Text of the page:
Think Outside The Box
“When most of the northern hemisphere is cold and snowy, it’s easy to forget that it’s actually summer for the bottom half of the planet. While heading towards the equator a popular choice, if you want to really expand your options, head way down south. It’s a nice change of pace from the “usual” locations we are more familiar with in our own corner of the globe. I’d recommend around two weeks for for a good introduction to a region or small country and travel time on either end. The best country to explore in that time frame is New Zealand, a truly diverse country where you can lie on the beach, hike mountains, bungee-jump, taste wine at a vineyard and visit a Maori village all in one visit. Not only will you find warm weather, but the combination of cuisine, beautiful landscapes, and friendly people make this a true paradise.”
Experience More Than Just The Beach
If you’re looking for a more rewarding and enriching vacation, there are plenty of options from hiking, to kayaking, to wildlife adventures. Leave behind the idea of an all-inclusive beach resort for a more authentic experience. It’ll also give you the freedom for some spontaneity. What you may sacrifice in beach time you’ll more than make up for in memorable experiences. January through March are some of the best months for spotting adorable baby animals and the migration of colorful birds while on a safari in Tanzania. The big herds of wildebeest and zebra start migrating towards the end of the winter in a spectacular display of hundreds of thousands of animals.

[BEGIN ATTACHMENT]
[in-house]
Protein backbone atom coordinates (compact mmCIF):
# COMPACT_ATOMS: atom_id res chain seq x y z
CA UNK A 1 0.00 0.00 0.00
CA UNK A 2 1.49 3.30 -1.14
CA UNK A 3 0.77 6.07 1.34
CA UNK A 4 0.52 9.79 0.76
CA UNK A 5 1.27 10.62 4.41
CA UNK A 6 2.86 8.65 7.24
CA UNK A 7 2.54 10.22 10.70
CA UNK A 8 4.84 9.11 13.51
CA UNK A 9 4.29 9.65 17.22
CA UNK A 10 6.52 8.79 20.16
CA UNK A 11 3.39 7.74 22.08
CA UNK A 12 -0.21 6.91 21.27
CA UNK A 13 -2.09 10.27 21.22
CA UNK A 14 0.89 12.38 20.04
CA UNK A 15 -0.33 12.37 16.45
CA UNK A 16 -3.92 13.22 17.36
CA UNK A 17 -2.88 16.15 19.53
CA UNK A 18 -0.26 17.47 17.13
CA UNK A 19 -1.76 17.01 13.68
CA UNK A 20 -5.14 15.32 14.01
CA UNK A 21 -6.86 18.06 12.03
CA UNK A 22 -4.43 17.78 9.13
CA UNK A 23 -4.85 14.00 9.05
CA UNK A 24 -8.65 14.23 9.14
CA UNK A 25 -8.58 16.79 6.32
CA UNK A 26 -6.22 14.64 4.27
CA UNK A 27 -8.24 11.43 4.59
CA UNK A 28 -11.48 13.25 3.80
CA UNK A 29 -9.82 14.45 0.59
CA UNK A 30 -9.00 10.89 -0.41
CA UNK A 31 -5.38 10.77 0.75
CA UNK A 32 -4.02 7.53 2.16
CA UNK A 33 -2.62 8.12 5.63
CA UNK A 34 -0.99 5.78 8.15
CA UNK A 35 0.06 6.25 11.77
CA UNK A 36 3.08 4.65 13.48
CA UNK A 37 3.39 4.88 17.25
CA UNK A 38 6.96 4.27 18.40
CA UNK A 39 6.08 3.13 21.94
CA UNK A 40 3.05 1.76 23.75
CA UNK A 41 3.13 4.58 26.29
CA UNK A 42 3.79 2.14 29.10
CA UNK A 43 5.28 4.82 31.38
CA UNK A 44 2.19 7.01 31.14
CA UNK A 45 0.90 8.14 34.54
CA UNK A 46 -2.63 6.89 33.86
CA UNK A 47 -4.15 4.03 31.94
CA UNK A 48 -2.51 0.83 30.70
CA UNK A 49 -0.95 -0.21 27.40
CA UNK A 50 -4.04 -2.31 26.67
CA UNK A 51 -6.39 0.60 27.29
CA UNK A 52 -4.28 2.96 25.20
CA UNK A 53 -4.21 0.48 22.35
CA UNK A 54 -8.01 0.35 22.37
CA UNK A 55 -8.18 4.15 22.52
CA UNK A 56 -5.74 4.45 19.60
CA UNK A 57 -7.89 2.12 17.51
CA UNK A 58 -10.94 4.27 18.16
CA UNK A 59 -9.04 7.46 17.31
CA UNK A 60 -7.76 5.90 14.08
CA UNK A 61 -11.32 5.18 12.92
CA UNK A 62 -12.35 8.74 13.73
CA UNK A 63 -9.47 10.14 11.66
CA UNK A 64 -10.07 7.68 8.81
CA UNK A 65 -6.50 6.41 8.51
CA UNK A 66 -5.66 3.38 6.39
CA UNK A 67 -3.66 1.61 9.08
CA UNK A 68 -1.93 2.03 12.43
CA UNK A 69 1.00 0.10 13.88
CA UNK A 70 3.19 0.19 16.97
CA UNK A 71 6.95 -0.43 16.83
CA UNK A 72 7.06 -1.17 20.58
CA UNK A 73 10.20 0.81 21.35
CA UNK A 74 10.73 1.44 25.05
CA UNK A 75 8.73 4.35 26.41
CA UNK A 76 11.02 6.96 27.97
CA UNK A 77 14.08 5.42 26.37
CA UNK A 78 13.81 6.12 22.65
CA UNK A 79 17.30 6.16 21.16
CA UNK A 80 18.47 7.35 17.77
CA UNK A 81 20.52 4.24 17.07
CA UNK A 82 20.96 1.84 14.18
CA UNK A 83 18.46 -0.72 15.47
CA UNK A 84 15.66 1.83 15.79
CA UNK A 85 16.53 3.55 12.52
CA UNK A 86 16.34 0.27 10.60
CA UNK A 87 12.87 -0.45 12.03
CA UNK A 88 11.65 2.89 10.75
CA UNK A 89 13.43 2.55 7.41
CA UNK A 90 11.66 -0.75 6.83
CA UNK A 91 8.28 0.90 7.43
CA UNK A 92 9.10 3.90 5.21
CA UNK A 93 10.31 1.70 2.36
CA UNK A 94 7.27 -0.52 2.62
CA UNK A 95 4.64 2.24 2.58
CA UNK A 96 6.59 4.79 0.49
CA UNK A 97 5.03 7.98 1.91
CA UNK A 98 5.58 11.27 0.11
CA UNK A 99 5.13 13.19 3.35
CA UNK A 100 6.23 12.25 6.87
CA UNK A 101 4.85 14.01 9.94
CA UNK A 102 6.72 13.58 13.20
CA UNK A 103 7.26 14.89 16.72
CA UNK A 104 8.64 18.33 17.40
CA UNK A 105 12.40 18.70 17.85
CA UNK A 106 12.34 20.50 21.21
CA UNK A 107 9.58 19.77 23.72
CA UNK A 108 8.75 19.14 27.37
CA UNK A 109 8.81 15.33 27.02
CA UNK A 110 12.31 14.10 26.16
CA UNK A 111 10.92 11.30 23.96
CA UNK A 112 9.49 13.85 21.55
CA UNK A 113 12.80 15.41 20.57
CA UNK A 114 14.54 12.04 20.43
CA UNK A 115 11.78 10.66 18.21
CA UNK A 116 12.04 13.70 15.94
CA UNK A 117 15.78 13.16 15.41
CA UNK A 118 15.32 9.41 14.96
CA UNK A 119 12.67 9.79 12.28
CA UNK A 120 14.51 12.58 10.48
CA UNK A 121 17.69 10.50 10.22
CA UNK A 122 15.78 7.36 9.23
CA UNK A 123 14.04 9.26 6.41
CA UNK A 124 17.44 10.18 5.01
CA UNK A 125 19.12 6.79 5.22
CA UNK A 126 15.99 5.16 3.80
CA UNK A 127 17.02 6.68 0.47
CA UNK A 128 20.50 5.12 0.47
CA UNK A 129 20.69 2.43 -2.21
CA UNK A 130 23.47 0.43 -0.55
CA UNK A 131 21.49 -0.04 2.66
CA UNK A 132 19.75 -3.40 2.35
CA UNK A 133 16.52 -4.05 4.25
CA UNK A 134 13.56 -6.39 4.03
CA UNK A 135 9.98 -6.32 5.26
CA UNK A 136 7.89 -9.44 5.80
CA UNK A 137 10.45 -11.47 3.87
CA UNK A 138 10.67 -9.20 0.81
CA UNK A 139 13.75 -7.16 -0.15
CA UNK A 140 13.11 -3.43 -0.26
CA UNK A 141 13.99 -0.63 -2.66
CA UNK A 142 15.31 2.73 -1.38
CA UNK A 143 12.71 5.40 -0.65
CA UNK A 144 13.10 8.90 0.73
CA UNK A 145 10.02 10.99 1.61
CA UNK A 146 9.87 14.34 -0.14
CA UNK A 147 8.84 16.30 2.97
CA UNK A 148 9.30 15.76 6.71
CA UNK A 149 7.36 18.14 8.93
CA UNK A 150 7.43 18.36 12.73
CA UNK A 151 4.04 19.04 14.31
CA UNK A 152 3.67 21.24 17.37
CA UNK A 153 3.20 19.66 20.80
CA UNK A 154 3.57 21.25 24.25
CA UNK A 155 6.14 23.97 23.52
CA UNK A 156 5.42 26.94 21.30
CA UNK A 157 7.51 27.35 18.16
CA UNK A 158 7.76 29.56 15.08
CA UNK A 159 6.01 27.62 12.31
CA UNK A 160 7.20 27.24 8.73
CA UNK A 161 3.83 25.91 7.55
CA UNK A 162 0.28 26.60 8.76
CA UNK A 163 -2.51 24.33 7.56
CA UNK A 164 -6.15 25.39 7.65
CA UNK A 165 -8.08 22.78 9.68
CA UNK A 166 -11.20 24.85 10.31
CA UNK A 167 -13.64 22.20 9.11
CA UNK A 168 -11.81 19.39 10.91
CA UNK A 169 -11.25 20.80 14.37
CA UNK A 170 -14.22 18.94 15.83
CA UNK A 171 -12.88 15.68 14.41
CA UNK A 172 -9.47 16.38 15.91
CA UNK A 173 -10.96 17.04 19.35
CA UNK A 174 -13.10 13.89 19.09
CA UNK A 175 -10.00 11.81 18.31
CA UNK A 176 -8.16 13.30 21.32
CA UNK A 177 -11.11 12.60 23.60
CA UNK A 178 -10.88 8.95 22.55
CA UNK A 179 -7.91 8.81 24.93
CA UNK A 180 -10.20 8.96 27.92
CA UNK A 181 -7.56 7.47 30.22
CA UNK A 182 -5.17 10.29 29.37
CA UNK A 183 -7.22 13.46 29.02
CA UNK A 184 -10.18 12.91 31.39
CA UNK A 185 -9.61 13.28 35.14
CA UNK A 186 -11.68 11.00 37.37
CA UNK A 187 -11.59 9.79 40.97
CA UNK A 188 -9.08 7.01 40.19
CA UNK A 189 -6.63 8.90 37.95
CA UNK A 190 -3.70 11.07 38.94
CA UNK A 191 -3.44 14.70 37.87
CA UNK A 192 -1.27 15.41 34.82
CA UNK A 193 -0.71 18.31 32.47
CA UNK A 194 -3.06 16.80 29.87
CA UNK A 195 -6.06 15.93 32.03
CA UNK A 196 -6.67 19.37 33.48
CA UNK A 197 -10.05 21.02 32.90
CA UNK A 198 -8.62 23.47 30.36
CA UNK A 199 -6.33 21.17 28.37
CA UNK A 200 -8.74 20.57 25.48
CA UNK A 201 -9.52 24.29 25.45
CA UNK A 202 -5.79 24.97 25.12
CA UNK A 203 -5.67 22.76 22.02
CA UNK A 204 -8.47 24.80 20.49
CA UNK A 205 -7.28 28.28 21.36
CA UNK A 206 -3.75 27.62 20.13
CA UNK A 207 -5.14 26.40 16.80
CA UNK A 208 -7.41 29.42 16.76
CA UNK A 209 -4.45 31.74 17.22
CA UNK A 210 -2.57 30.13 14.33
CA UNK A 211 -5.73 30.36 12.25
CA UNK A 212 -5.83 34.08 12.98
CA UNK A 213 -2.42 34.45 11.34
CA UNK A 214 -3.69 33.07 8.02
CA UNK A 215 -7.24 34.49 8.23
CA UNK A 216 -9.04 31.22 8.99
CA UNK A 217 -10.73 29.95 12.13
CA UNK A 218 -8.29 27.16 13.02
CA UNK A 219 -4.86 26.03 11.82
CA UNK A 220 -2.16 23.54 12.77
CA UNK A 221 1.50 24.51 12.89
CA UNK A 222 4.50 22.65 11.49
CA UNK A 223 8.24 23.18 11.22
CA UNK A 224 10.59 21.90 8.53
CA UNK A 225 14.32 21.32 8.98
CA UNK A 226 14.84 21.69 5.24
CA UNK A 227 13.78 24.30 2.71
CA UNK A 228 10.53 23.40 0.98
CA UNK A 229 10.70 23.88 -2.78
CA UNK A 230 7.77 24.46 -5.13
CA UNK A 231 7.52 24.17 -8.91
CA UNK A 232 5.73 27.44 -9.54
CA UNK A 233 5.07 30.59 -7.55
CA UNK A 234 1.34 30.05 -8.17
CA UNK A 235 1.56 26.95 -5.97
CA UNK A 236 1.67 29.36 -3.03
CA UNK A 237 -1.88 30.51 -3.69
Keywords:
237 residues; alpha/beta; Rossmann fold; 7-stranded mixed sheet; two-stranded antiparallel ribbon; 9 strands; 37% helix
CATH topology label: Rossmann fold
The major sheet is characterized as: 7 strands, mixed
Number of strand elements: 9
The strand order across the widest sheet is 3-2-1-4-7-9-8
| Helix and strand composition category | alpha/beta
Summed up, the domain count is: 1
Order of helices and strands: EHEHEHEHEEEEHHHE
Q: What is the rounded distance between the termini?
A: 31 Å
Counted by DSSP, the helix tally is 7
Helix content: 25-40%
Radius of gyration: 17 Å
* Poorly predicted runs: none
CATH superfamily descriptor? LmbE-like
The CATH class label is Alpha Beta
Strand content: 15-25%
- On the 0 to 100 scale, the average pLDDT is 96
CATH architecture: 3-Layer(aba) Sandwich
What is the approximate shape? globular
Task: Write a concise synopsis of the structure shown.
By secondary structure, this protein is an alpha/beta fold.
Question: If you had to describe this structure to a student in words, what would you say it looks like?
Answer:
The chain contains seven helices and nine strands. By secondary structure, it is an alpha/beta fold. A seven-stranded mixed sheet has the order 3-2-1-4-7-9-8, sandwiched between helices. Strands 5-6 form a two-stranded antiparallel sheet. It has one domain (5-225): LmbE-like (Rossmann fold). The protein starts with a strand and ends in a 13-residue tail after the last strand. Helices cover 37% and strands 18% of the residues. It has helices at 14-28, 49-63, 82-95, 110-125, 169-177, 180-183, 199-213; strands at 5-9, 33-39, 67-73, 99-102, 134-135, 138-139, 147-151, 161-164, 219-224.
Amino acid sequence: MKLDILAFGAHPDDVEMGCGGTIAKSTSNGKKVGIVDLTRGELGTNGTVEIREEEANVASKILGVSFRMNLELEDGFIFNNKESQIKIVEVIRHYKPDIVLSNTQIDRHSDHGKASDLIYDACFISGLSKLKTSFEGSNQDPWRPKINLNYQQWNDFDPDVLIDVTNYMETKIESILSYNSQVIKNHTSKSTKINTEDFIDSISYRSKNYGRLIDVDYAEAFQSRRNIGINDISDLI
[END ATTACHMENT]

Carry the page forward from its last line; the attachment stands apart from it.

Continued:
Make sure you go with a certified, naturalist guide, or you’ll miss out on a lot of useful and interesting information about animal behavior. They’ll also know where the best spots are to see specific animals. And if you’re still craving some beach time, it’s very easy to extend your trip to Tanzania’s Zanzibar Island, where you’ll find some of the most amazing beaches in the world.
Find The Hidden Gems
“For a truly exotic escape to get you out of the winter doldrums, go someplace where few people have gone. It’ll be a once-in-a-lifetime experience, and you’ll be rejuvenated by the feeling of “getting away from it all.” It’s sometimes hard to find places like that, especially before they’re discovered by hordes of tourists. Find destinations that you don’t know a lot about and where you might not get the best cell coverage! The South Pacific nation of Palau may well be the most stunning place you’ve never heard of. It’s made up of about two hundred tiny islands, breathtakingly beautiful and remote, and has one of the world’s most diverse marine ecosystems. You can swim among non-stinging jellyfish, kayak around uninhabited islands, see brilliant coral reefs through crystalline water, and dine on the beach with palms rustling in the gentle breeze.”
Randy Yagi is an award-winning freelance writer covering national/international travel for CBS Local and all things San Francisco for CBS San Francisco. In 2012, he received a Media Fellowship from Stanford University. He may be contacted via Twitter or Linkedin .